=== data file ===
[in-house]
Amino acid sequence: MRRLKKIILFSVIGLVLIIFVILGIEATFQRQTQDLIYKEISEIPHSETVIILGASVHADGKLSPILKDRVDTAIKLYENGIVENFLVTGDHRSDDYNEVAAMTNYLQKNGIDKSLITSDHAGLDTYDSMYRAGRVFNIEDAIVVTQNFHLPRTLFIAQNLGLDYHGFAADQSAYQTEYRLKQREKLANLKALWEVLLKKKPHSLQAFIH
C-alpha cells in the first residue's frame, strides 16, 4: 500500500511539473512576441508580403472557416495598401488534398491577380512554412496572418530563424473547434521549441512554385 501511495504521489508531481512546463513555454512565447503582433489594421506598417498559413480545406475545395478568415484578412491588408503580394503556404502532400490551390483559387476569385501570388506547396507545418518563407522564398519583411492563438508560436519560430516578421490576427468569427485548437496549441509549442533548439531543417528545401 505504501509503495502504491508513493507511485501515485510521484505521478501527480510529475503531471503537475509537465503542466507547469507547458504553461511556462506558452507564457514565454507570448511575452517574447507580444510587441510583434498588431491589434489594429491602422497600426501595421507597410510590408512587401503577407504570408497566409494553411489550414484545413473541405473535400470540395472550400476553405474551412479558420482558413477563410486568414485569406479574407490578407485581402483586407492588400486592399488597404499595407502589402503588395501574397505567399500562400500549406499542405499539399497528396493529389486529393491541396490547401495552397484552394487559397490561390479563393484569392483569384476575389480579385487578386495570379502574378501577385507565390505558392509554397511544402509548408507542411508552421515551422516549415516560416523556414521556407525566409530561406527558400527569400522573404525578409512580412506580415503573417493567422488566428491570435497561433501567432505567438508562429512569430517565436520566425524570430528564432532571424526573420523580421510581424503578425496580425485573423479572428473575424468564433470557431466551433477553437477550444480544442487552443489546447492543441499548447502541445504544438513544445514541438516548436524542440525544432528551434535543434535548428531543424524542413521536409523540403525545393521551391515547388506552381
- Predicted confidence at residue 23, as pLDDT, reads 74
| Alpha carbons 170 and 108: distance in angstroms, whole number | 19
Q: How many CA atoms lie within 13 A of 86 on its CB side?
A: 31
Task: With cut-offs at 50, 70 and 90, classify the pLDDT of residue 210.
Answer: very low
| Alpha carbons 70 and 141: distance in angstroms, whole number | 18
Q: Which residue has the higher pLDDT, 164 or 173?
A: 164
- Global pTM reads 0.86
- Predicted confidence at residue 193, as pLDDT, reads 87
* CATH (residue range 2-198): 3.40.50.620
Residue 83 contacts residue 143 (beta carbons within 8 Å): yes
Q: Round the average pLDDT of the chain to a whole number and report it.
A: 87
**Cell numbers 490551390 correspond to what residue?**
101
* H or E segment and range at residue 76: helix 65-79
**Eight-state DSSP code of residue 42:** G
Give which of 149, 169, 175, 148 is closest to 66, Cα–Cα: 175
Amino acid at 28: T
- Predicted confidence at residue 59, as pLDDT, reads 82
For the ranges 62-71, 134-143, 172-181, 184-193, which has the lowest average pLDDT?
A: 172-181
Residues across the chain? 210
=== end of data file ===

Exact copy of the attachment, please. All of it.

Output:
[in-house]
Amino acid sequence: MRRLKKIILFSVIGLVLIIFVILGIEATFQRQTQDLIYKEISEIPHSETVIILGASVHADGKLSPILKDRVDTAIKLYENGIVENFLVTGDHRSDDYNEVAAMTNYLQKNGIDKSLITSDHAGLDTYDSMYRAGRVFNIEDAIVVTQNFHLPRTLFIAQNLGLDYHGFAADQSAYQTEYRLKQREKLANLKALWEVLLKKKPHSLQAFIH
C-alpha cells in the first residue's frame, strides 16, 4: 500500500511539473512576441508580403472557416495598401488534398491577380512554412496572418530563424473547434521549441512554385 501511495504521489508531481512546463513555454512565447503582433489594421506598417498559413480545406475545395478568415484578412491588408503580394503556404502532400490551390483559387476569385501570388506547396507545418518563407522564398519583411492563438508560436519560430516578421490576427468569427485548437496549441509549442533548439531543417528545401 505504501509503495502504491508513493507511485501515485510521484505521478501527480510529475503531471503537475509537465503542466507547469507547458504553461511556462506558452507564457514565454507570448511575452517574447507580444510587441510583434498588431491589434489594429491602422497600426501595421507597410510590408512587401503577407504570408497566409494553411489550414484545413473541405473535400470540395472550400476553405474551412479558420482558413477563410486568414485569406479574407490578407485581402483586407492588400486592399488597404499595407502589402503588395501574397505567399500562400500549406499542405499539399497528396493529389486529393491541396490547401495552397484552394487559397490561390479563393484569392483569384476575389480579385487578386495570379502574378501577385507565390505558392509554397511544402509548408507542411508552421515551422516549415516560416523556414521556407525566409530561406527558400527569400522573404525578409512580412506580415503573417493567422488566428491570435497561433501567432505567438508562429512569430517565436520566425524570430528564432532571424526573420523580421510581424503578425496580425485573423479572428473575424468564433470557431466551433477553437477550444480544442487552443489546447492543441499548447502541445504544438513544445514541438516548436524542440525544432528551434535543434535548428531543424524542413521536409523540403525545393521551391515547388506552381
- Predicted confidence at residue 23, as pLDDT, reads 74
| Alpha carbons 170 and 108: distance in angstroms, whole number | 19
Q: How many CA atoms lie within 13 A of 86 on its CB side?
A: 31
Task: With cut-offs at 50, 70 and 90, classify the pLDDT of residue 210.
Answer: very low
| Alpha carbons 70 and 141: distance in angstroms, whole number | 18
Q: Which residue has the higher pLDDT, 164 or 173?
A: 164
- Global pTM reads 0.86
- Predicted confidence at residue 193, as pLDDT, reads 87
* CATH (residue range 2-198): 3.40.50.620
Residue 83 contacts residue 143 (beta carbons within 8 Å): yes
Q: Round the average pLDDT of the chain to a whole number and report it.
A: 87
**Cell numbers 490551390 correspond to what residue?**
101
* H or E segment and range at residue 76: helix 65-79
**Eight-state DSSP code of residue 42:** G
Give which of 149, 169, 175, 148 is closest to 66, Cα–Cα: 175
Amino acid at 28: T
- Predicted confidence at residue 59, as pLDDT, reads 82
For the ranges 62-71, 134-143, 172-181, 184-193, which has the lowest average pLDDT?
A: 172-181
Residues across the chain? 210